10. $155 million in water and sewer costs may have been wasted. LCD plants use a lot of water and Foxconn was expected to use 7 million gallons of Lake Michigan water every day. A plant 18 times smaller than that (which may not even be making LCD products) won’t use anywhere near that amount of water. The net costs of the water and sewer lines being built for a plant that won’t happen are $155 million for Mount Pleasant. Yes, they may get reimbursed from future property taxes paid by Foxconn, but it’s still spending that was unnecessary both for the company and taxpayers. 

11. Hundreds of millions more in local spending may have been wasted. Beyond the water and sewer costs, the Village of Mount Pleasant committed to another $750 million in spending for Foxconn. This, too, was done to accommodate — at a rapid-fire pace — the mega-plant that would supposedly be built and now won’t be. Mount Pleasant acquired 73 residential properties, paying homeowners 140 percent of fair market value and another 2,335 acres, paying “several times the going rate for farmland in the area,” as the JS reported.  Precisely how much money was wasted by local taxpayers hasn’t been tallied yet. 

12. The down-sized plant probably won’t manufacture LCD products. While experts estimated a Gen 6 LCD fabrication plant would cost about $2.5 billion, Foxconn has only guaranteed a $1.4 billion project, which raises suspicions. As I’ve previously reported, Gen 6 plants are typically huge, multi-floor plants and the Mount Pleasant plant will be just one floor. They also require a massive steel substructure that could be up to two-floors deep and though recent photos of the Foxconn plant show many support columns sunk into the earth, Harvard Professor Willy Shih, one of the few U.S. experts on LCD fabrication, tells Urban Milwaukee that still doesn’t look like an LCD plant. More likely, he says it will be an assembly plant: “Maybe they will take raw panels made elsewhere and assemble them into more complex products. That’s highly likely.”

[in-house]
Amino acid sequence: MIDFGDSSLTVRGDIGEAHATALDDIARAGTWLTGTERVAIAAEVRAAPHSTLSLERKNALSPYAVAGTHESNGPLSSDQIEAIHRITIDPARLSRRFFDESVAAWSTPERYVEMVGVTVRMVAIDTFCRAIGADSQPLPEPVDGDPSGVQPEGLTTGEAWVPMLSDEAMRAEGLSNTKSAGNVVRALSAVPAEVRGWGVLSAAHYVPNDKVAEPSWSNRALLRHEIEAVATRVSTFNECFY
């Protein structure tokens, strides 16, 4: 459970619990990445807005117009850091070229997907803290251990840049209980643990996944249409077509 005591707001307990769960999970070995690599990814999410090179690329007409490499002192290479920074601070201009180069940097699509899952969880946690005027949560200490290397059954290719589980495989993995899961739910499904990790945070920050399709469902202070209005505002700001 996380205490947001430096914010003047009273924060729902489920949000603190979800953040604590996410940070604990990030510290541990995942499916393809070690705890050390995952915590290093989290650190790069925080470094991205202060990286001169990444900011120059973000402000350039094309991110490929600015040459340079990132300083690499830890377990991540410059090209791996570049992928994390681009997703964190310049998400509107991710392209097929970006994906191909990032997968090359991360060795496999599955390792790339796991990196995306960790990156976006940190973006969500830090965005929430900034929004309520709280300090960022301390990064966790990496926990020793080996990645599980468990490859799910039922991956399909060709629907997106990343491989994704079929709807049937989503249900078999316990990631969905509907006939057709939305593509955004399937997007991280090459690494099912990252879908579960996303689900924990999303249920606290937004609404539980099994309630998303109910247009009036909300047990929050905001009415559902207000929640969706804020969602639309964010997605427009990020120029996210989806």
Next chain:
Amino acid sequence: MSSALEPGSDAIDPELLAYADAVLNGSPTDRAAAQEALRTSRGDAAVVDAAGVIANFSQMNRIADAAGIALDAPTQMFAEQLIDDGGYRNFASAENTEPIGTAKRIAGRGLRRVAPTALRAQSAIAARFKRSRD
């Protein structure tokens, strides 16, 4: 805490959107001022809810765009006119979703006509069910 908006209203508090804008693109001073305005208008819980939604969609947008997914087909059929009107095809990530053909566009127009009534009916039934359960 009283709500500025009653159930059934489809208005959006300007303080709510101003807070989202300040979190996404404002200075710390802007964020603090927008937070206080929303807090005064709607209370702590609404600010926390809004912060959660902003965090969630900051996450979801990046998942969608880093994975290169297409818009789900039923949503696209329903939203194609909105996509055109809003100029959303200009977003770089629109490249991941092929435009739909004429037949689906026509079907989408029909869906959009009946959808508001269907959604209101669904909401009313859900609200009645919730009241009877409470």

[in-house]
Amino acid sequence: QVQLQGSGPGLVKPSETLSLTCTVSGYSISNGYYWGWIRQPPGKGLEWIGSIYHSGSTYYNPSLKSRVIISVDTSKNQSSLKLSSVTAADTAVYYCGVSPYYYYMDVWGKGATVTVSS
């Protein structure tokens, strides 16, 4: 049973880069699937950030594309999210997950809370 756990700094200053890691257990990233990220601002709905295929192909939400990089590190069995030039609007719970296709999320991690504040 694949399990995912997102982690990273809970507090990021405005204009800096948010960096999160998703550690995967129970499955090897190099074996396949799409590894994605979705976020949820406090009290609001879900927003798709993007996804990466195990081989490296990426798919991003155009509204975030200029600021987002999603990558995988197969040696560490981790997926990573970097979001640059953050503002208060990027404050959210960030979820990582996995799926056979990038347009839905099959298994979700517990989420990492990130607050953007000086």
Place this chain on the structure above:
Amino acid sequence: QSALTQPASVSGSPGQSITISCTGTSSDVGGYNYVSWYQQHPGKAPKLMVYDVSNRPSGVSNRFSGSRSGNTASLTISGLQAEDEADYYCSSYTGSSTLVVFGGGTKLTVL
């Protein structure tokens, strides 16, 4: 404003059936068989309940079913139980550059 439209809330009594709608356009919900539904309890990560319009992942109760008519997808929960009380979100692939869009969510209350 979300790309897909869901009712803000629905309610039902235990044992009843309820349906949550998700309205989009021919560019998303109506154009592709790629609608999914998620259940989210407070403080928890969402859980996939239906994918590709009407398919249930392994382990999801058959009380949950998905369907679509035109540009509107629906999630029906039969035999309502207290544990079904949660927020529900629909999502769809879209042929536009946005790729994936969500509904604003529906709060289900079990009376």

Bob O’Brien, co-founder and president of Display Supply Chain Consultants, and a long-time observer of the industry, has told Urban Milwaukee that the plant could do LCD fabrication but on a very small scale, about 40 times smaller than the original $10 billion plan. 

13. Foxconn’s leadership and future is murky. State and local officials are stuck spending somewhere between $500 million and $1.6 billion on upfront costs for a mega-plant that has shrunk to a tiny fraction of what was promised. And given that it has taken more than three years to get even this investment from Foxconn, any future expansion seems unlikely. The deal was the idea of company founder and longtime CEO Terry Gou, who resigned from his position to run for president of Taiwan. He lost the election but there has been no word of him returning —or of who might replace him at Foxconn. 

Gou was looking for a hedge, a U.S. outpost in case Trump engaged in a trade war with China. Should Trump lose his reelection the plant in Wisconsin will be an unnecessary expense, with vastly higher labor costs than its plants in East Asia. There will be no reason to expand here and every reason to shut the plant down.

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3 thoughts on “Murphy’s Law: 13 Takeaways on Foxconn’s Birthday”

  1. Patty Thompson says:

    I said from the very beginning that they would never break ground for the plant. I was wrong on that one, but it sounds like this has proven to be the boondoggle that many had suspected.

  2. mkwagner says:

    Exactly what Foxconn did in Vietnam, Brazil and Pennsylvania. This was a bad deal for Wisconsin taxpayers from the get go. When will Vos and Fitzgerald wake up and end this charade?

  3. dbaumann@execinc.com says:

    Fox Conned is the best spin you can put on a Wisconsin republican legislative sell out aided and abetted by a clueless President and a governor looking for anything to distract enough to keep him from being left on the side of the road during the next election. Every Wisconsin taxpayer will pay a price and southeast Wisconsin will suffer the most economic damage from the stunning political and economic blunder.